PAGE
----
The Backyard

The Backyard

Sunday, January 11, 2009

Pennsylvania Association for Sustainable Agriculture

The Pennsylvania Association for Sustainable Agriculture, a.k.a. PASA, is the Pennsylvania source to promote and find local food. Not only do they promote Pennsylvania products (and Pennsylvania is blessed with sustainable food production), but they promote the importance of eating local, and supporting sustainability with their Buy Fresh Buy Local campaign. In short, these are the go-to guys for Pennsylvanians to learn about local eating. Their mission statement is:
"Promoting profitable farms which produce healthy food for all people while respecting the natural enviornment."
PASA is for both the farmer, and the consumer. Their website has a nice map whereby you can enter your zip code and find local food. They are hooked up with Local Harvest, which is how I found the local organic spelt flour. "Local" I think should be more defined. Most locavores term local within 100 or 150 miles. Some go as far as 250 miles, others, myself included, term local within 30-50 miles. I live in a very rural area of Pennsylvania about 35 miles from any real "cities." When I'm not at work, I view "local" as within my valley -- about a 30 mile radius. So that's what I'd like to focus on as local. I can't see spending money and precious fuel on driving more than 30 or 40 miles just to get something local. Now if I'm in the City, and its on my way home (I work in the Capitol, Harrisburg), I'll certainly stop. But I won't leave the valley just to drive for food, thusl; I'm guilty of buying tofu and soymilk at the grocery story or other staples I can't get locally.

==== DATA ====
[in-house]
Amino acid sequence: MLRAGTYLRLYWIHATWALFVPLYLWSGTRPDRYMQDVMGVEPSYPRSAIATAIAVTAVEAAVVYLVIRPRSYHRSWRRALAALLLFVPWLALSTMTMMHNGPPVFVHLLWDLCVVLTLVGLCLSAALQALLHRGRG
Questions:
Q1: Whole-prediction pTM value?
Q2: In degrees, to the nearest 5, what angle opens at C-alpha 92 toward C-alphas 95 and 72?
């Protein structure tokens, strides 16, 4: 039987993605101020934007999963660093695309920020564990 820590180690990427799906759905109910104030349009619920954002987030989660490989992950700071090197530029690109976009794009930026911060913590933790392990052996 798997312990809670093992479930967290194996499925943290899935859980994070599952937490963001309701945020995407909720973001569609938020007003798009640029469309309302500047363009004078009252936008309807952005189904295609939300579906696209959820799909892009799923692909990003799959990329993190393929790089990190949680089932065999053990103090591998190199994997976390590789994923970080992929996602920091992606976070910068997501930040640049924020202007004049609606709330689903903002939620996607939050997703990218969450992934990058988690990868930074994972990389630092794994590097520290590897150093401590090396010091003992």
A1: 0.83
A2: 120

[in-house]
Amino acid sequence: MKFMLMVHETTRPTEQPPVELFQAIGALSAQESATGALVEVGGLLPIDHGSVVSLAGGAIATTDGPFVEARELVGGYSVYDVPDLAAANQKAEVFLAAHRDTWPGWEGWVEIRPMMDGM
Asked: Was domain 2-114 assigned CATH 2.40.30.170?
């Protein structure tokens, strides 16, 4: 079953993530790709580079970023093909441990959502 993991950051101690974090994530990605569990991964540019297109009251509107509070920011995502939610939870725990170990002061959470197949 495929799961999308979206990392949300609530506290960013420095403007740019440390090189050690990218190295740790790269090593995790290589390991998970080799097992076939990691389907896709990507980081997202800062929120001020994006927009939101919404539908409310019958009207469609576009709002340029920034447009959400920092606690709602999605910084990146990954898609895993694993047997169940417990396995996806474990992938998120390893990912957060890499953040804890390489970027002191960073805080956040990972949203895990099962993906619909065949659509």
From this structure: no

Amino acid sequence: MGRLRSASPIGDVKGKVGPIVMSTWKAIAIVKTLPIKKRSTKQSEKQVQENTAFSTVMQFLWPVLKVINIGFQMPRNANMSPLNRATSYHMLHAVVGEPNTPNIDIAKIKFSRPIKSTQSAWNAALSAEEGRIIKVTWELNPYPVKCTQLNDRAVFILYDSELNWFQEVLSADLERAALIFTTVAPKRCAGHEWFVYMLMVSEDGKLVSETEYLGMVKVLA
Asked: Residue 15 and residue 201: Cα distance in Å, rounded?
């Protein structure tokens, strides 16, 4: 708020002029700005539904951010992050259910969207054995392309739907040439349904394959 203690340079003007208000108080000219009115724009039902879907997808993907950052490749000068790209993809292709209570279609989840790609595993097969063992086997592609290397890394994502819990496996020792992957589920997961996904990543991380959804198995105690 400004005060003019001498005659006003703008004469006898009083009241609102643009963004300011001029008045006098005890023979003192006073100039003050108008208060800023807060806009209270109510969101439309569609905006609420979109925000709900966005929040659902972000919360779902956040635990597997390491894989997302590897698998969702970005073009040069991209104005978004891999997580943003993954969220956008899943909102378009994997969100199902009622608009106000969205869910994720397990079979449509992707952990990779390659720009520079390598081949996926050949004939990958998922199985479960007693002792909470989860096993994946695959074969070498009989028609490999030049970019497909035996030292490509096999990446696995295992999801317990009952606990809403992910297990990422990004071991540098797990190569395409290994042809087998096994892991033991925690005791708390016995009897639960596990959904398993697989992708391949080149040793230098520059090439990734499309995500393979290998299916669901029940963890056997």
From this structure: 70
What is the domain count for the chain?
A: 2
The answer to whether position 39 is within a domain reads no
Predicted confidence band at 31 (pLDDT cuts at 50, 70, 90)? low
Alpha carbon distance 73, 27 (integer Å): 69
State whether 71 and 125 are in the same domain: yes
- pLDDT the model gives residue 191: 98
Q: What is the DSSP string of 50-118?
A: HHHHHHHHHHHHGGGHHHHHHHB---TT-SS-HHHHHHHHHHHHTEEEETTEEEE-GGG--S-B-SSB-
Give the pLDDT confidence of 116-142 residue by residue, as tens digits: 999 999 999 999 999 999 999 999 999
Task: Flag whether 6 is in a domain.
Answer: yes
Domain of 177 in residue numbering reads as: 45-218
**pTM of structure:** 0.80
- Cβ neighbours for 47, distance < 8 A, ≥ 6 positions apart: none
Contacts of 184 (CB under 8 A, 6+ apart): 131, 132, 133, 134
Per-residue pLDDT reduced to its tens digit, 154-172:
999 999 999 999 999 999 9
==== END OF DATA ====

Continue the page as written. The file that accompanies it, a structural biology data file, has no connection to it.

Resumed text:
Anonymous said...

Great organizations. Here in CT, we have our farmland trusts, extensions, and the CT Grown program, with resources, links, and an amazing website and funding/support of farmers' markets and farmers.

You know, though, I have a bit of a different view regarding defining local as a fixed radius. Different people have different capabilities, practically speakings as well as desire-speaking. I don't think that they should be labeled "fake local" because they pick a different zone than some others. I don't think it is a competition, making it within the closest area or telling people with a definition as to what "counts". Rather, I think that there should simply be labels that objectively describe the distance or name the place of growth (i.e. ThatTown, or 30 miles from BigCity, or LocalSamFarm). This way there is an informed purchase. Plus, people might be willing to stay in a X radius for most things, but have some necessities in *their* lives that require branching out to Y. When you say you will only eat food 30-40 miles away, would you fault someone who eats food from further away?
If I've misunderstood, I apologize, but I really feel that local living is something that is a constant striving within one's present capabilites, and more so the awareness of where and how food comes from, not a competition to be the "most green" or "most local"

Chili said...

You are SO correct... awareness is very much the most important part. I term "local" only because I'd sorta like to attemtp to really focus on my small valley -- but obviously there are many products I will have to go outside the are -- soy milk being the first item on the list. (And, its processed to boot! geez...). Thanks for your comment.